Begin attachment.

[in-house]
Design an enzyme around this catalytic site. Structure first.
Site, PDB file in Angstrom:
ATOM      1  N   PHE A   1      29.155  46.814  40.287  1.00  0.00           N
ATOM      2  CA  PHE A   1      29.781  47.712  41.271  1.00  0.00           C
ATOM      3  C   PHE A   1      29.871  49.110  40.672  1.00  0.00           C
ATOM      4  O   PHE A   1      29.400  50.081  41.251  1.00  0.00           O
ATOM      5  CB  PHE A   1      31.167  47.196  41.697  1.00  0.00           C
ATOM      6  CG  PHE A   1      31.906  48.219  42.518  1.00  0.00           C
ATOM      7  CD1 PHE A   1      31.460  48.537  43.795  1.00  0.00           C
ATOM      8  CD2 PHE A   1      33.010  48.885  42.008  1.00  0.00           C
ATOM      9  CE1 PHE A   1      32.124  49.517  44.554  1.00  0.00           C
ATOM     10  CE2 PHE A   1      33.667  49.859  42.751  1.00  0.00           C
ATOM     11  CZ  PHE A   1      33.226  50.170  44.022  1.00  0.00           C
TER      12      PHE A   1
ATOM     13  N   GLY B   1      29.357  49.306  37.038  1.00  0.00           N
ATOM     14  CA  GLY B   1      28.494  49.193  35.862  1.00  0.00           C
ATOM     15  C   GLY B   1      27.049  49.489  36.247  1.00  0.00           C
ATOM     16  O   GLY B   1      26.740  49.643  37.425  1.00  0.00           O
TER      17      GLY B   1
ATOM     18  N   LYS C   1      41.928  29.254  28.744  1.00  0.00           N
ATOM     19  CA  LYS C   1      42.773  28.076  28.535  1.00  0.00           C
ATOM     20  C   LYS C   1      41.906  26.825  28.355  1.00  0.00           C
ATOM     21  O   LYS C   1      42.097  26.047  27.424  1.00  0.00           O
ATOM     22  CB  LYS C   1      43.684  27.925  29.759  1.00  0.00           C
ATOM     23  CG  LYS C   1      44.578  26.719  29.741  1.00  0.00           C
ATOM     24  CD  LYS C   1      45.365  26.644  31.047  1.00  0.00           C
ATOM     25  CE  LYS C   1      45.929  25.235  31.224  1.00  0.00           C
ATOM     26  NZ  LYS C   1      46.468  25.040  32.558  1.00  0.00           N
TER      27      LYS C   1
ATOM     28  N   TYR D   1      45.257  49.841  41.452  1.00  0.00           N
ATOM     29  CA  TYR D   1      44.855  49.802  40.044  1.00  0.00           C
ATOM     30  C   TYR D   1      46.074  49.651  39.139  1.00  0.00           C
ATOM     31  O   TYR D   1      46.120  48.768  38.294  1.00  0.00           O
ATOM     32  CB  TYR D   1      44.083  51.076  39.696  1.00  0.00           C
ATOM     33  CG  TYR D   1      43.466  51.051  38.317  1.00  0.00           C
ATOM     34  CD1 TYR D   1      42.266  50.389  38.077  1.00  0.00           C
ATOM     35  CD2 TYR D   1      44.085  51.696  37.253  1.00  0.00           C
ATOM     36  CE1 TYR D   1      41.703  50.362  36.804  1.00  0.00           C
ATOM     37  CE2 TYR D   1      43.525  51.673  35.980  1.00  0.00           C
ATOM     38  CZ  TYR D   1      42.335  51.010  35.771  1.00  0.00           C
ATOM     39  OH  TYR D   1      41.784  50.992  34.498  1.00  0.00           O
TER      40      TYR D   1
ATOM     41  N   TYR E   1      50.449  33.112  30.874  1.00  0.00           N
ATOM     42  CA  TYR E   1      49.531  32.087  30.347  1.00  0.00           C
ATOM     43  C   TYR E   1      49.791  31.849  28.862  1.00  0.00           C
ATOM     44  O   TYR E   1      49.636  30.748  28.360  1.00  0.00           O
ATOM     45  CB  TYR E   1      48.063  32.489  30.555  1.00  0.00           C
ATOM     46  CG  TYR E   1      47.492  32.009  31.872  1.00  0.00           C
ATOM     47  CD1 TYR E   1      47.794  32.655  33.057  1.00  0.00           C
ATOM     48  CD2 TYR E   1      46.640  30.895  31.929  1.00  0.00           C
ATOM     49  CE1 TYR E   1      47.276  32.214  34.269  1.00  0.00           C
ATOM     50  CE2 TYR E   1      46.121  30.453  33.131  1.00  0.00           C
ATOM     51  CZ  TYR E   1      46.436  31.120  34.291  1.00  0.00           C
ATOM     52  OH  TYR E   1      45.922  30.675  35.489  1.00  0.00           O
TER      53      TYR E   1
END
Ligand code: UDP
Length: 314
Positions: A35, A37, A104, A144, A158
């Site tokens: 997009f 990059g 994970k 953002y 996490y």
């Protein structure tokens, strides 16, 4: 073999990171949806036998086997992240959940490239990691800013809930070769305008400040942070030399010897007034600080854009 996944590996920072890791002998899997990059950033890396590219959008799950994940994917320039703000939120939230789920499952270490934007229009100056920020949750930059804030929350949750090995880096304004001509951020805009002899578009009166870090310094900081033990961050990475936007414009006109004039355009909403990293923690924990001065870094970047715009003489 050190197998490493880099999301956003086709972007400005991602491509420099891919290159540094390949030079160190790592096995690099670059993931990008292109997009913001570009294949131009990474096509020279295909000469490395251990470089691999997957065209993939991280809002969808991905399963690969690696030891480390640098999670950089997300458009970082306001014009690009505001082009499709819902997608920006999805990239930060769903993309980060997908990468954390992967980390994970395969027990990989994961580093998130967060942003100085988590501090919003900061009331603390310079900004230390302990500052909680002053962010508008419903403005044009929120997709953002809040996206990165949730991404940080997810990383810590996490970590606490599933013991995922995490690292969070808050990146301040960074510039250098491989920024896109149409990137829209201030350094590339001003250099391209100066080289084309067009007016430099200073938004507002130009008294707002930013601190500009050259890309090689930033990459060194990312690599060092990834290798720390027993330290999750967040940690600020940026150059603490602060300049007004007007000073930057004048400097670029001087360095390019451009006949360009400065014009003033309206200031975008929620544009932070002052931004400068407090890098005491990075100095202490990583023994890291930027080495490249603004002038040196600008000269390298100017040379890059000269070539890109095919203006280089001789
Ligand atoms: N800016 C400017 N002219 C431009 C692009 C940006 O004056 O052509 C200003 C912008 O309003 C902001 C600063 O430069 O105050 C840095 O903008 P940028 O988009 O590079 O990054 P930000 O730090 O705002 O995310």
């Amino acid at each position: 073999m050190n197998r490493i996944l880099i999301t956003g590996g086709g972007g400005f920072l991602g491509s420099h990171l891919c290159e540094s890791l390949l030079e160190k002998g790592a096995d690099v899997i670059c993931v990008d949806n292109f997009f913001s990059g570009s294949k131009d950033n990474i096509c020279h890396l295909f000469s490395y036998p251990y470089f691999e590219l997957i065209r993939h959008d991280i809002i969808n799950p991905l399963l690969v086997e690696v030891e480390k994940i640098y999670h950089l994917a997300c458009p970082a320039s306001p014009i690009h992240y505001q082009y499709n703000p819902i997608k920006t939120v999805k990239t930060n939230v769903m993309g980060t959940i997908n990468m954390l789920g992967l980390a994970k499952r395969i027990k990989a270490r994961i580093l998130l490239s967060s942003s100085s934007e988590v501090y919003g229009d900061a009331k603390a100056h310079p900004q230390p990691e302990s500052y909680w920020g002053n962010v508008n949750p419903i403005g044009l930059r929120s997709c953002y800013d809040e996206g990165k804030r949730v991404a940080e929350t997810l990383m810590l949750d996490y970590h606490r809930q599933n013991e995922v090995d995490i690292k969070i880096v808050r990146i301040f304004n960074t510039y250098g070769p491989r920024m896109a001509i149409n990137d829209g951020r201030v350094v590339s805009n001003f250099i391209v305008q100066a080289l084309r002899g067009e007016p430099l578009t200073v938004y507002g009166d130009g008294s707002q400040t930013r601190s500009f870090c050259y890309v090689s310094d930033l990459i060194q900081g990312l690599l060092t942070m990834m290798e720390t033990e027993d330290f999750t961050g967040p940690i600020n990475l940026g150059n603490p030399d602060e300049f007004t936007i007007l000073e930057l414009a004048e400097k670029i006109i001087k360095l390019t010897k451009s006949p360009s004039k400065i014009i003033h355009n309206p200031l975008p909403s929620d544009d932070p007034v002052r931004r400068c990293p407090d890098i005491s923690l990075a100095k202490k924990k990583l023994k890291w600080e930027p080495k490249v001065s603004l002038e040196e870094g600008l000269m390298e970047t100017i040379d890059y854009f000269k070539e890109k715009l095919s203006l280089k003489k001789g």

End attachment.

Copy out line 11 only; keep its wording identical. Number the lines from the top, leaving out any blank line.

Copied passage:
ATOM      8  CD2 PHE A   1      33.010  48.885  42.008  1.00  0.00           C